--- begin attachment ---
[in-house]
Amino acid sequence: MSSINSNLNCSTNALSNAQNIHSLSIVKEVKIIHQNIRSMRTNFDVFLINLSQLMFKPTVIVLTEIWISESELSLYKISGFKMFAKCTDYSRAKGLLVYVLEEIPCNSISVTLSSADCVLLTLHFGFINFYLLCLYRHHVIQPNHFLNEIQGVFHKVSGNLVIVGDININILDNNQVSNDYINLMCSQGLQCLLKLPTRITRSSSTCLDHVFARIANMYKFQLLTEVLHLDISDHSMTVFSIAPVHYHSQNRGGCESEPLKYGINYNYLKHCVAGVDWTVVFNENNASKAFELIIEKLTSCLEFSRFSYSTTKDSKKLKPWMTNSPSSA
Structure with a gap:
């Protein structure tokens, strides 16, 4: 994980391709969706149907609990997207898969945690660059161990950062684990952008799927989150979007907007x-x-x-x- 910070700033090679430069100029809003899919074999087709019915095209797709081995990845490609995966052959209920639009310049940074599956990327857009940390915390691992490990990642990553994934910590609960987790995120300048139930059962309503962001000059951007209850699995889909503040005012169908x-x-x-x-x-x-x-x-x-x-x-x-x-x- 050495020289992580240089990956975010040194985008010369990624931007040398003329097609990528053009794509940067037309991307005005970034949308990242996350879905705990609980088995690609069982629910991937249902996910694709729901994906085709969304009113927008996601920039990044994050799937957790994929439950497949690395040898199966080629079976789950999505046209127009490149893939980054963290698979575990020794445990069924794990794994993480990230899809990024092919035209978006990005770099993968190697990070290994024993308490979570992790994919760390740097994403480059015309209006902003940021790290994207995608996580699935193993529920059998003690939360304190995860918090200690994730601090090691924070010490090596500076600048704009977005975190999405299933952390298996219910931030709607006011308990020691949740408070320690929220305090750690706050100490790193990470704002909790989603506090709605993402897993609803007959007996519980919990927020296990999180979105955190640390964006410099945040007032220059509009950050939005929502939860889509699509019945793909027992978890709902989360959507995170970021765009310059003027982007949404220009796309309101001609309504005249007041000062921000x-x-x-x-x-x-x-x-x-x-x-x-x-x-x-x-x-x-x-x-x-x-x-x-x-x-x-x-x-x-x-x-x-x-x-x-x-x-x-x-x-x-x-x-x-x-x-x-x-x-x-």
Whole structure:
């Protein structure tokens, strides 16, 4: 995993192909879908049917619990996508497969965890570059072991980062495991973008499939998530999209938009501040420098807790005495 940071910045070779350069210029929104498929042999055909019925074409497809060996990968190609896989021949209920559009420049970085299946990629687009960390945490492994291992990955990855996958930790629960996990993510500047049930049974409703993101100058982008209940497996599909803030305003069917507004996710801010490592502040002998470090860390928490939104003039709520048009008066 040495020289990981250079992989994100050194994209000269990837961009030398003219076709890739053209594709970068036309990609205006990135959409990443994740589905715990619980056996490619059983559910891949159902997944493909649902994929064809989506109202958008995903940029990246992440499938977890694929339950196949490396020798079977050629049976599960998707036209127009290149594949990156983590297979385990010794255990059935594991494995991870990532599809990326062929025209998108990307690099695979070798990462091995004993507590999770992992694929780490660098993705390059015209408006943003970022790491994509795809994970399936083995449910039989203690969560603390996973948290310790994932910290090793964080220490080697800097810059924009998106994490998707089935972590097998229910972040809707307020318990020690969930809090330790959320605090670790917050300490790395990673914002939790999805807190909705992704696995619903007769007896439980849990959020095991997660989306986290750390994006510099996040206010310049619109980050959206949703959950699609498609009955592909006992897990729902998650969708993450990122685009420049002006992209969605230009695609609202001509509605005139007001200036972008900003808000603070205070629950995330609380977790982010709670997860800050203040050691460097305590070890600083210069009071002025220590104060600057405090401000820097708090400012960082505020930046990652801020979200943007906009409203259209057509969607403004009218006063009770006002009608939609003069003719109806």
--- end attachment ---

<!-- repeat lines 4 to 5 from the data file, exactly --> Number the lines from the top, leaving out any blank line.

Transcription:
């Protein structure tokens, strides 16, 4: 994980391709969706149907609990997207898969945690660059161990950062684990952008799927989150979007907007x-x-x-x- 910070700033090679430069100029809003899919074999087709019915095209797709081995990845490609995966052959209920639009310049940074599956990327857009940390915390691992490990990642990553994934910590609960987790995120300048139930059962309503962001000059951007209850699995889909503040005012169908x-x-x-x-x-x-x-x-x-x-x-x-x-x- 050495020289992580240089990956975010040194985008010369990624931007040398003329097609990528053009794509940067037309991307005005970034949308990242996350879905705990609980088995690609069982629910991937249902996910694709729901994906085709969304009113927008996601920039990044994050799937957790994929439950497949690395040898199966080629079976789950999505046209127009490149893939980054963290698979575990020794445990069924794990794994993480990230899809990024092919035209978006990005770099993968190697990070290994024993308490979570992790994919760390740097994403480059015309209006902003940021790290994207995608996580699935193993529920059998003690939360304190995860918090200690994730601090090691924070010490090596500076600048704009977005975190999405299933952390298996219910931030709607006011308990020691949740408070320690929220305090750690706050100490790193990470704002909790989603506090709605993402897993609803007959007996519980919990927020296990999180979105955190640390964006410099945040007032220059509009950050939005929502939860889509699509019945793909027992978890709902989360959507995170970021765009310059003027982007949404220009796309309101001609309504005249007041000062921000x-x-x-x-x-x-x-x-x-x-x-x-x-x-x-x-x-x-x-x-x-x-x-x-x-x-x-x-x-x-x-x-x-x-x-x-x-x-x-x-x-x-x-x-x-x-x-x-x-x-x-």
Whole structure: